Left-leaning populism hasn’t triumphed at the national level recently: Joe Biden just became the presumptive Democratic nominee after defeating Senator Sanders. But these types of worker protections have been a plank of the Democratic Party for years. In the future, a more social-democratic-type candidate might break through nationally—especially, Witko said, if it were a young, perhaps Hispanic candidate who spoke to a broad swath of voters. This crisis has revealed just how bad service workers have it, and afterward, their struggle might be hard to ignore.
A similar phenomenon happened when cholera struck Hamburg in 1892. The city, a large seaport in northern Germany, was then semiautonomous, and it was controlled by merchants who valued trade above all else. These businessmen did not consider public health to be a sound investment. Cholera is transmitted through tainted water, but unlike the rest of Germany, Hamburg’s authorities did not install a filtration system in the municipal water supply.
The local government in Hamburg at first played down the epidemic and resisted imposing a quarantine on the city. Much like President Trump in recent weeks, they seemed to be asking themselves, “Which interest do we put first, the economy, or peoples’ lives?” Richard Evans, author of Death in Hamburg, said. “By the time they got around to admitting it was there, it was too late.”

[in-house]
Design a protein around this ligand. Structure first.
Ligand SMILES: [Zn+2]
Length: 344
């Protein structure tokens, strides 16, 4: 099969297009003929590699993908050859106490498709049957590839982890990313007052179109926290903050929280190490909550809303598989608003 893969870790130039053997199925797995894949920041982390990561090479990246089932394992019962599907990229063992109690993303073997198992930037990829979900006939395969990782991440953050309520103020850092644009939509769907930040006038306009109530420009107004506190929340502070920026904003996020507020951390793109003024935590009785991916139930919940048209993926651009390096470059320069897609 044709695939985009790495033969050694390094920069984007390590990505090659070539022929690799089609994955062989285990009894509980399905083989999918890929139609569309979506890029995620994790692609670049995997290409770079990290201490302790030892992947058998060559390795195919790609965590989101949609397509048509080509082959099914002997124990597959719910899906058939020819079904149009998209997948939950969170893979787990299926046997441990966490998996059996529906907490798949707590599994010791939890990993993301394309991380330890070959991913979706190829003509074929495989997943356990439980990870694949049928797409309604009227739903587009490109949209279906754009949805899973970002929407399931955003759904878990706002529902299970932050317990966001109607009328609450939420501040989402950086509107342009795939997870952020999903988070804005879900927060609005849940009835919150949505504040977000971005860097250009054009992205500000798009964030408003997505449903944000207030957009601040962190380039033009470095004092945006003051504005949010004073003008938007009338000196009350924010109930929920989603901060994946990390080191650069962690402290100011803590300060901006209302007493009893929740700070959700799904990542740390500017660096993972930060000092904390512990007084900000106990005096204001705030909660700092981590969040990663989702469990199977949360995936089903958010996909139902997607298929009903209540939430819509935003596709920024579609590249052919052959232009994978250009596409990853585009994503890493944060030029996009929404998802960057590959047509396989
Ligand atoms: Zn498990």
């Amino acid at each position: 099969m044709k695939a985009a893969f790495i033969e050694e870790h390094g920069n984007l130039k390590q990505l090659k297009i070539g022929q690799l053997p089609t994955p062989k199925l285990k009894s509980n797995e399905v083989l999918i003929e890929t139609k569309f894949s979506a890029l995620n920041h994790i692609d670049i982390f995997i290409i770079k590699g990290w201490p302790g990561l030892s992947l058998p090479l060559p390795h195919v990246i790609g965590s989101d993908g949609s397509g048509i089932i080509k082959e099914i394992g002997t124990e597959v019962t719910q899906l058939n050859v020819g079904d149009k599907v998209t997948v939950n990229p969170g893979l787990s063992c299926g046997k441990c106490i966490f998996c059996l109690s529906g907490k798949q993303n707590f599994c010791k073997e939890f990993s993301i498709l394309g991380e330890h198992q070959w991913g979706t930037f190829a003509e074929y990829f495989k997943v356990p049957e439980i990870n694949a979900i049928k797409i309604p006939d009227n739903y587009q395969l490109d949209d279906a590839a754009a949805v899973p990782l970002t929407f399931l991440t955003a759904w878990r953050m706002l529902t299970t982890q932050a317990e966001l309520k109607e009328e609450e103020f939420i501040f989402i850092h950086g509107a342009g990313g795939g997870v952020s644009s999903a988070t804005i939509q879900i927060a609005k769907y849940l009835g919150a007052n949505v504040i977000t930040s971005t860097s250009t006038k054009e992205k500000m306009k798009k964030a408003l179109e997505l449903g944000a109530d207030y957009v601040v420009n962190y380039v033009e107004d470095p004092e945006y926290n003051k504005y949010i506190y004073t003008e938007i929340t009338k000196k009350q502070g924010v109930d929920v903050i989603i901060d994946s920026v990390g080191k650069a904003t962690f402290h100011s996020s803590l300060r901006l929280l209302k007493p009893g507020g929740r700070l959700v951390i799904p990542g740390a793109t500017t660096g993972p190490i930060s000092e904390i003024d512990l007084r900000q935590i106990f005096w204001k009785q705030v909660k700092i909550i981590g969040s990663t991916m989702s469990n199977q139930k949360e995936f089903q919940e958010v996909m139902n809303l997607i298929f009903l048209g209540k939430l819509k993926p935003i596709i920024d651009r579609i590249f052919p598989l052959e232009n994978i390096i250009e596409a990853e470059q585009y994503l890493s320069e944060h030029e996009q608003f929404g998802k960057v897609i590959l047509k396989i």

That August was unusually hot and dry; the city’s canals ran low. These were ideal conditions for Vibrio cholerae to creep into the water supply. Because the disease spread through human waste, people with their own bathrooms were less likely to contract it. Survivors recalled having servants scrub their houses and boil their water before they used it. The servants themselves could afford no such luxury. And much of the town’s poor population worked near the harbor, where the water was filthy and teeming with cholera bacteria. Within six weeks, up to 10,000 people had died, and the death rate among the poor was much higher than that among the rich. Through their labor, the poor sacrificed so the wealthy could survive.
That disparity seemed to galvanize the entire city. The following year, left-leaning Social Democrats won all three of Hamburg’s seats in the national Parliament. Later came an expansion of voting rights, housing reform, and, finally, the installment of a treatment system for the city’s water. Cholera killed thousands in Hamburg, but in its aftermath, the working class was given new life. In 2021, the American working class might seize their moment, too.
Listen to Olga Khazan discuss the ethical dilemmas of grocery shopping and this story on an episode of Social Distance, The Atlantic’s podcast about living through a pandemic: